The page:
To borrow the analogy from our first article, God doesn’t send storms of doubt to punish or destroy us but rather to teach us that Jesus cares for us in the storm and is sovereign over the storm (Mk 4:35-41). So that with that knowledge, we would be emboldened to walk on the waves with our Savior (Mt. 14:22-33).

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At the end of Till We Have Faces, an aging Orual is finally able to bring her complaint before the gods. However, when she looks down to read the book she’s written, she sees it has been replaced by a much smaller book. This book is her real complaint, stripped of self-righteousness and pride. When she reads her true complaint, she realizes it is petty. She had felt so justified in her anger towards the gods, but she had loved Psyche selfishly just as the gods had said. The gods had known her better than she had known herself.

Having given her complaint, it is now Orual’s turn to be judged by the gods. On the day of Psyche’s banishment, Orual heard a voice from the heavens declare, “You too shall be Psyche.” Orual interpreted this as a word of judgment. Ever since that day, she had waited for their punishment. She would be a martyr, she thought with bitter satisfaction, her death would be evidence of their injustice. But now, before the gods, Orual learns that those words had been words of grace all along. Psyche’s banishment had been for the purpose of bringing Orual into the divine fold, that she too might be beloved and beautiful.

My journey with doubt is not unlike Orual’s, albeit with less bold rebellion and more fear. I couldn’t understand why God allowed unwanted doubt to persist in my life. I was afraid what it might say about his character—that he somehow couldn’t understand my doubt or that he would react to it with scorn and not mercy.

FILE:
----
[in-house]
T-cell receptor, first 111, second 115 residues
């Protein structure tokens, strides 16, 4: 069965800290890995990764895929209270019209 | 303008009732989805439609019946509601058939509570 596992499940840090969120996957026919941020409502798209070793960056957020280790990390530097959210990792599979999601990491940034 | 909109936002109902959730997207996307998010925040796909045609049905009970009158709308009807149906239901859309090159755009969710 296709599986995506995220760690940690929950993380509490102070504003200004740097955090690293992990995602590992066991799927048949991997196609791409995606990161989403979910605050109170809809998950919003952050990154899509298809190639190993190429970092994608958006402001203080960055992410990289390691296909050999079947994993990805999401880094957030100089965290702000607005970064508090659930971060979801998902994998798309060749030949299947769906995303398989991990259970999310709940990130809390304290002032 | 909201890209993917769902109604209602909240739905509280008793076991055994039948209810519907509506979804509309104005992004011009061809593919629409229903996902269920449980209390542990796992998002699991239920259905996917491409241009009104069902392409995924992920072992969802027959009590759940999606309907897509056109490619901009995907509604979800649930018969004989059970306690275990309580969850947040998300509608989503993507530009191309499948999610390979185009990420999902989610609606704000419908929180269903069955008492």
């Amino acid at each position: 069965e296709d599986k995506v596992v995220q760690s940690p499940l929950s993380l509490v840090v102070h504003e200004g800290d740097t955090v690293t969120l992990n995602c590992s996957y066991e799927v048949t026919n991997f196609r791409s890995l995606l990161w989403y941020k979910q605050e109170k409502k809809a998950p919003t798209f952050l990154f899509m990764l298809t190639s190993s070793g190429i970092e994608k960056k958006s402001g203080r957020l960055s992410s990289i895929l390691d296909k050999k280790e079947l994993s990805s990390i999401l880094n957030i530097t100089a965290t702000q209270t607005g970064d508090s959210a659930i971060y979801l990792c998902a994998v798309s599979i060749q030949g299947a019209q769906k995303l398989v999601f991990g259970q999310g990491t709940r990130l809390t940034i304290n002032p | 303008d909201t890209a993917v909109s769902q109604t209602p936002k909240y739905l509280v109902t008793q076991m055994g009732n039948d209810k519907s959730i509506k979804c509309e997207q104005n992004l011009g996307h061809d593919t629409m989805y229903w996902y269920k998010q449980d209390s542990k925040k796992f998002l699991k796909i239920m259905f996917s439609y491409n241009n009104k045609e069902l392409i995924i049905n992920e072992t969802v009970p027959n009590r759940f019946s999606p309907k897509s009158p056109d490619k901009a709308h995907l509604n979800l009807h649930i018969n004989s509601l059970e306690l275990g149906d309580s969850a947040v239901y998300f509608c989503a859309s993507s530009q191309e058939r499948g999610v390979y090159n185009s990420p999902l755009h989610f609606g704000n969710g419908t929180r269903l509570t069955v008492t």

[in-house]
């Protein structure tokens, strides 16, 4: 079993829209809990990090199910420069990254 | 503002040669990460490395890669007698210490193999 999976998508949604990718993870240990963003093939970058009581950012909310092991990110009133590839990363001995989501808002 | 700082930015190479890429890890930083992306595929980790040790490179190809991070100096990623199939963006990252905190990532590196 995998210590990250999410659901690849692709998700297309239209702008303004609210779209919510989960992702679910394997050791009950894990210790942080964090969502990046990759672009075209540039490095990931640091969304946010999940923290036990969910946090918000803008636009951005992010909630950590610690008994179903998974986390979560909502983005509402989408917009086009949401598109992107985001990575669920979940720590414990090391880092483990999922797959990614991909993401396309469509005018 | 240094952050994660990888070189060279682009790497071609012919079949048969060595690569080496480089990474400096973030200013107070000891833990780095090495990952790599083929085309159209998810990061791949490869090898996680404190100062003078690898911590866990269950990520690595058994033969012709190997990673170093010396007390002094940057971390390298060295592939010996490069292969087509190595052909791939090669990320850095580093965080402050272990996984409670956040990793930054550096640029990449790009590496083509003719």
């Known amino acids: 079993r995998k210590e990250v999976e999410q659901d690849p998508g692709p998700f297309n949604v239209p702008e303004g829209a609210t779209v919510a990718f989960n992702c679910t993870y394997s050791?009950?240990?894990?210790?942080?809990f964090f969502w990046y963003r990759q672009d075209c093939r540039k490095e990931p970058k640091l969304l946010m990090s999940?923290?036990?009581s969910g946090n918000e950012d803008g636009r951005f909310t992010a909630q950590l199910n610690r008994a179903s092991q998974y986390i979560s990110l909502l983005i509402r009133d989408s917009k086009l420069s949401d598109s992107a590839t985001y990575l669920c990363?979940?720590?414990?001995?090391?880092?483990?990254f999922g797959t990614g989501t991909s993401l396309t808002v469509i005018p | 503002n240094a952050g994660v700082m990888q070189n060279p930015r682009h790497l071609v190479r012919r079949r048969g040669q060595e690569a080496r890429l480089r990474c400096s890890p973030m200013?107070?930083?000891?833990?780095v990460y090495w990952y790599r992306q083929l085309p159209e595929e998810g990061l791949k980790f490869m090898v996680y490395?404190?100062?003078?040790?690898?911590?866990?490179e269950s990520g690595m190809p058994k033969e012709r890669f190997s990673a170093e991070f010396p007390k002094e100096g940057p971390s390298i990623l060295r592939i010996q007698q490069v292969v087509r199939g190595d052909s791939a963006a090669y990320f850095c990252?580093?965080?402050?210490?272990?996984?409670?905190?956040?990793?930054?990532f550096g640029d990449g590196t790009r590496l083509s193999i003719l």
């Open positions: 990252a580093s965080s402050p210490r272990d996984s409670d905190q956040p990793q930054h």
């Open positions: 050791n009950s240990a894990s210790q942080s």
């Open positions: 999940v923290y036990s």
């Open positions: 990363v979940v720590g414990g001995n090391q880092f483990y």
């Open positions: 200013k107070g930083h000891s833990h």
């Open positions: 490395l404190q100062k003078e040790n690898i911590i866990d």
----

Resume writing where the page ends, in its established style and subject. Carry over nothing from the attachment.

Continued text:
But like Orual, I have realized that God knows me better than I know myself and has all along. He knows when I am sincerely trying but struggling to believe. He also knows my sin—when I refuse faith and desperately cling to what I can see and control. God comforts me in my weakness and does surgery on my unbelief. In either case, he has the same loving goal in mind: that I would know the peace of resting on his promises.

When I cry out to God for help in my doubts, then, I have no need to fear I will encounter a cruel and capricious God. I can be confident I will be welcomed by my loving Father, whose very desire is that I would always humbly depend on him.

A Foundation in the Storm

Part 1 of a 3 part series called “Certainty, Doubt, and the Invisible God.” You can read Part 2 here and Part 3 here.